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A new California Workers’ Compensation Institute (CWCI) report suggests that the number of work injury claims involving obesity could increase sharply, along with the associated costs, following the recent vote by the American Medical Association (AMA) to reclassify obesity as a treatable disease.

In mid-June, the AMA approved a resolution reclassifying obesity as “a disease state,” effectively declaring that one third of all Americans suffer from a medical condition that requires treatment, a move that is widely expected to increase pressure on doctors to address the condition when treating obese patients, and on health care payers to pay for obesity consultations and treatment. And that designation, according to the report, will likely affect diverse areas of employment, including the Americans with Disability Act and Equal Employment Opportunity Commission claims; life, disability, and workers’ compensation insurance; weight bias; insurer and provider responsibility; physician reimbursement; and diagnostic and procedure coding.

In workers’ compensation, obesity has historically been a co-morbidity – a condition that occurs at the same time, but usually independent of, an injury or illness. In the past, a medical provider might include an obesity co-morbidity code on their medical bill if they felt the condition needed to be addressed so that the work injury could be treated and the patient could recover and return to work (e.g., if an obese injured worker needed to lose weight before they could have back surgery.) Even as a co-morbidity, however, obesity in workers’ compensation has gone largely unreported. A CWCI survey from 2011 found that even though 28% of injured workers reported that they were obese, only 0.9% of the job injury claims from those workers included an obesity co-morbidity diagnostic code, indicating that obesity has only infrequently been deemed a condition that needed to be addressed in order to treat most work injuries and illnesses.

CWCI says that may change, however, if medical providers feel a greater responsibility to counsel obese patients about their weight and to treat the condition, especially if there is a greater likelihood that they will be paid for doing so. Aside from its status as a comorbidity, obesity could become a primary workers’ comp diagnosis, particularly in sedentary jobs like office work, or long-haul trucking, according to the report.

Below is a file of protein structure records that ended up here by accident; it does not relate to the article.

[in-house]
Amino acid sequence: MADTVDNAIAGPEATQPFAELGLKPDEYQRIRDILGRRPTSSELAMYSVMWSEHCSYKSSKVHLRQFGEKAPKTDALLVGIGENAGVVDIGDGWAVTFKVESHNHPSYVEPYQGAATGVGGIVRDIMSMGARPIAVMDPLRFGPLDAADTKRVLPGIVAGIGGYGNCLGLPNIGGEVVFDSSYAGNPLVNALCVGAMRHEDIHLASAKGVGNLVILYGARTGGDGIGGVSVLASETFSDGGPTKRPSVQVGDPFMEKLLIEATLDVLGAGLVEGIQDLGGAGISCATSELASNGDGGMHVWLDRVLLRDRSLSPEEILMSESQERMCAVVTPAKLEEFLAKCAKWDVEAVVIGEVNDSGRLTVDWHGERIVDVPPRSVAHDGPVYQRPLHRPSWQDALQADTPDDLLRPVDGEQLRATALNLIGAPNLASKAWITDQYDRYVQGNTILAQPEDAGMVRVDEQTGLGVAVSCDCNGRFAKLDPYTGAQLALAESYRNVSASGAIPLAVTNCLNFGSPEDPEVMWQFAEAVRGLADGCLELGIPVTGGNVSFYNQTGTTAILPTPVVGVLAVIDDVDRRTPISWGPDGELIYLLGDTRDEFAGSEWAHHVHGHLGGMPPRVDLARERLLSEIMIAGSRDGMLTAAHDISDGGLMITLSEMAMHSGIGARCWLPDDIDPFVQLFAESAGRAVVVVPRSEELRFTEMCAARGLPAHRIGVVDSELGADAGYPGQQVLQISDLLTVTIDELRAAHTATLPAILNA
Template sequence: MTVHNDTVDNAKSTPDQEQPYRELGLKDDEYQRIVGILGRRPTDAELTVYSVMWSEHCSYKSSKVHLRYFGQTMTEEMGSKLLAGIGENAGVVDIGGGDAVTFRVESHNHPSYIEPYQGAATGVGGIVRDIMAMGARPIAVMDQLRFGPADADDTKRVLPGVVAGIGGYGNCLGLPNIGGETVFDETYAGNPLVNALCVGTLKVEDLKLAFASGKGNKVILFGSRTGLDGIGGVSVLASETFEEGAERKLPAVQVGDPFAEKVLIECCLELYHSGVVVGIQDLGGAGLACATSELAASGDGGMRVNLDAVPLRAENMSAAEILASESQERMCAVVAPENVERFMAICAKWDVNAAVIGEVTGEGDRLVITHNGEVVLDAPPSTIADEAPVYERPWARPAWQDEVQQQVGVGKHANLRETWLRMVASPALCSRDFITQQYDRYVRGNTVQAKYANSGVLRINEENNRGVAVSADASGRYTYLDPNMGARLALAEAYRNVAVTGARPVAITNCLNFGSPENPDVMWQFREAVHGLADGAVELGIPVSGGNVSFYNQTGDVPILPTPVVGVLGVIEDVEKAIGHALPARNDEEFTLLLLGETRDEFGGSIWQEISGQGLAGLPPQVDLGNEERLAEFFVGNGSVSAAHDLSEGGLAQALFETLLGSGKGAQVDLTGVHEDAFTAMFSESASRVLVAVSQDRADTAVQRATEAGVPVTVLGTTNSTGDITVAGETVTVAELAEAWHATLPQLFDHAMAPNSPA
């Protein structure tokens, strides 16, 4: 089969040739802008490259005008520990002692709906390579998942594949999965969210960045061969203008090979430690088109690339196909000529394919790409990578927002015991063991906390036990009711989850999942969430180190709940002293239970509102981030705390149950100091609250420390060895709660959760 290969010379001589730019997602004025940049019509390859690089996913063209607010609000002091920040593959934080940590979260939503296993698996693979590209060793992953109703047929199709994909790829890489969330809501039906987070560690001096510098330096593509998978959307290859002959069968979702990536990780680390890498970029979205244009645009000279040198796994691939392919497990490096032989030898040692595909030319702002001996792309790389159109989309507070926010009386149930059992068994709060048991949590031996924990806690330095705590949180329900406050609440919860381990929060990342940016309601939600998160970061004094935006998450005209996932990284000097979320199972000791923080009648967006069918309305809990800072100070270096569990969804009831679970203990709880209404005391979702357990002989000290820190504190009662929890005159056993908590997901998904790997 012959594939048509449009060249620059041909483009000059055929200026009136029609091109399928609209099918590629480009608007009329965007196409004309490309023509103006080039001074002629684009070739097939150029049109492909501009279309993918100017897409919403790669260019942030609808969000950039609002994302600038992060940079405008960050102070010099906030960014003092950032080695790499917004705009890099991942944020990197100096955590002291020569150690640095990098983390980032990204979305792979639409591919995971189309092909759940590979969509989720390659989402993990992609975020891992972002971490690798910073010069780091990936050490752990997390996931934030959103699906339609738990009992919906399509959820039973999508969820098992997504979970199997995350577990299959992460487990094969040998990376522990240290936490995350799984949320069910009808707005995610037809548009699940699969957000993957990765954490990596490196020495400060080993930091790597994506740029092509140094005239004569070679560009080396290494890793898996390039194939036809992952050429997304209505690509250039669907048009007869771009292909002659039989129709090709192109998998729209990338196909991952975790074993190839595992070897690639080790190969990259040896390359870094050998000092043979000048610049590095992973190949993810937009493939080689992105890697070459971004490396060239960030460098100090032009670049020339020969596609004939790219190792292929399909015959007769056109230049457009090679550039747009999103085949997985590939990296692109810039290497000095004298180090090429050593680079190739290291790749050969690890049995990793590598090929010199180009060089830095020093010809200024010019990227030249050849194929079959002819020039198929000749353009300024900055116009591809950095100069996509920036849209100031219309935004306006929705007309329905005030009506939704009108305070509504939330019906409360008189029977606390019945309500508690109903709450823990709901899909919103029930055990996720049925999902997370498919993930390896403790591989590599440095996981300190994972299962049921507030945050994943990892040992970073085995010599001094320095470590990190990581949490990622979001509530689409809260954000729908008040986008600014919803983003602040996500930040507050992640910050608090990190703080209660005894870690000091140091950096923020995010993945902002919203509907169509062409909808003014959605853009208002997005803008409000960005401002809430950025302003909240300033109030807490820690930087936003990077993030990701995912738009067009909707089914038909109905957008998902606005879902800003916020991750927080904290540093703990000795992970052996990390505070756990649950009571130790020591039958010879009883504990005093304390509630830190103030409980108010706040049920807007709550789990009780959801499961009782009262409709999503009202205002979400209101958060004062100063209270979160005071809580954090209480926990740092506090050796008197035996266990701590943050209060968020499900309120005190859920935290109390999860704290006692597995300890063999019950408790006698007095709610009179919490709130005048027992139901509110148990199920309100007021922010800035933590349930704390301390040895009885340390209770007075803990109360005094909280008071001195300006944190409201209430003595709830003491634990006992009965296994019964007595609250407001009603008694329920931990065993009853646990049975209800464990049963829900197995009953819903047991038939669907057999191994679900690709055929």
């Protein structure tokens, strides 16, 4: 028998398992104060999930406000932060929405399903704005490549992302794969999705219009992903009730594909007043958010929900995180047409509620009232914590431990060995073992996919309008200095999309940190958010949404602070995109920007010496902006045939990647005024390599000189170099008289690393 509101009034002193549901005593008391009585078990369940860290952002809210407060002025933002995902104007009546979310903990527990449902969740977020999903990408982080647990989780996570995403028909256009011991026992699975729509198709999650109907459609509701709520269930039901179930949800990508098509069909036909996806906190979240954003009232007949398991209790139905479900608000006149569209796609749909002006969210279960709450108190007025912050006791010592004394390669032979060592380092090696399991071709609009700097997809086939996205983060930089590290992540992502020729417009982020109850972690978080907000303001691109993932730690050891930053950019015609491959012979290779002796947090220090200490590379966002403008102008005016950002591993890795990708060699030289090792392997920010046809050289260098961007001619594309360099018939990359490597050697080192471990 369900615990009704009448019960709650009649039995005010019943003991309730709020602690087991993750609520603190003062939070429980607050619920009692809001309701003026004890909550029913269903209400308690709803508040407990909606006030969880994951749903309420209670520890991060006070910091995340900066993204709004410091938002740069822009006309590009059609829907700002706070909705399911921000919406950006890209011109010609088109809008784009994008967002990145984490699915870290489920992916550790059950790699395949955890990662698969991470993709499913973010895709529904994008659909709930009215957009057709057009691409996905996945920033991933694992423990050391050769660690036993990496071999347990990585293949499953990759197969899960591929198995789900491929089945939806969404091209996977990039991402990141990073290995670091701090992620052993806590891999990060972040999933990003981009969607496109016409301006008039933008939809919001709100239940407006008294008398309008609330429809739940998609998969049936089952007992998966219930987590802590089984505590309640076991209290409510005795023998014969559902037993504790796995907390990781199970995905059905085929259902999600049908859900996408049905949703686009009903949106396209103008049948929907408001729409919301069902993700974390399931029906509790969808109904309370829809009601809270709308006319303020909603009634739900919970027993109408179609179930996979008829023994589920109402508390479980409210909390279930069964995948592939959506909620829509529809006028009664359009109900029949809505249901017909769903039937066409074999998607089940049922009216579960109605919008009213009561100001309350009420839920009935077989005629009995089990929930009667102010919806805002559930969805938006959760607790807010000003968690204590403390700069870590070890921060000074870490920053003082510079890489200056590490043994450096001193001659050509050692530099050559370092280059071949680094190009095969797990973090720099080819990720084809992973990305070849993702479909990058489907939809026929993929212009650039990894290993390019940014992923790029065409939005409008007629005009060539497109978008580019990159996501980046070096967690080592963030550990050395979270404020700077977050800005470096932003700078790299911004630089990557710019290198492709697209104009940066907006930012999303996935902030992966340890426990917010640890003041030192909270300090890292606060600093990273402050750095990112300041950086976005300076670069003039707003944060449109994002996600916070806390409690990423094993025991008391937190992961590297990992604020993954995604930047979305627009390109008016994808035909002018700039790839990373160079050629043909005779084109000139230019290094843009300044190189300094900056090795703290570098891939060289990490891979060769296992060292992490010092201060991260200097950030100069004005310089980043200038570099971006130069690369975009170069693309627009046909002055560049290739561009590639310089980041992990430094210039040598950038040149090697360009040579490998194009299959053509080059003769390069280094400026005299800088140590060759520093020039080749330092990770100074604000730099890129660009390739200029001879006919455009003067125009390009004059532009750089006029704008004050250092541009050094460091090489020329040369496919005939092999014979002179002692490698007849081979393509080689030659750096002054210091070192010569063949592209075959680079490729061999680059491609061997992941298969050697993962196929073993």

“In such scenarios the viability of the claim would likely hinge on proving that the work actually caused the obesity, which would be an issue ripe for dispute and which could lead to additional litigation,” the report states. “In light of the increasing evidence of genetic pre-disposition for various medical conditions, defining causation and relative causation will be critical in claims involving obesity, and also may arise in other employment areas such as pre-employment screening.”

The “disease” designation doesn’t bode well for employers or for long-term workers’ comp rates employers may be faced with paying if claims do rise, said Jerry Azevedo, a spokesman for the Workers’ Compensation Action Network, a group that represents the interests of employers. “The implications are grim, especially if statutory or case law proves ineffective in limiting employers’ liability to true industrial causation or direct compensable consequences,” Azavedo said. “Unfortunately, there’s a tension created through litigation in the workers’ comp system, where plaintiffs’ lawyers want to make everything under the sun a part of the injury claim to run up the bills and inflate benefits. Employers are forced to defend against that and have fought hard for policies that reinforce what should really just be common sense – which is employers should pay for what was directly caused by the work injury. ”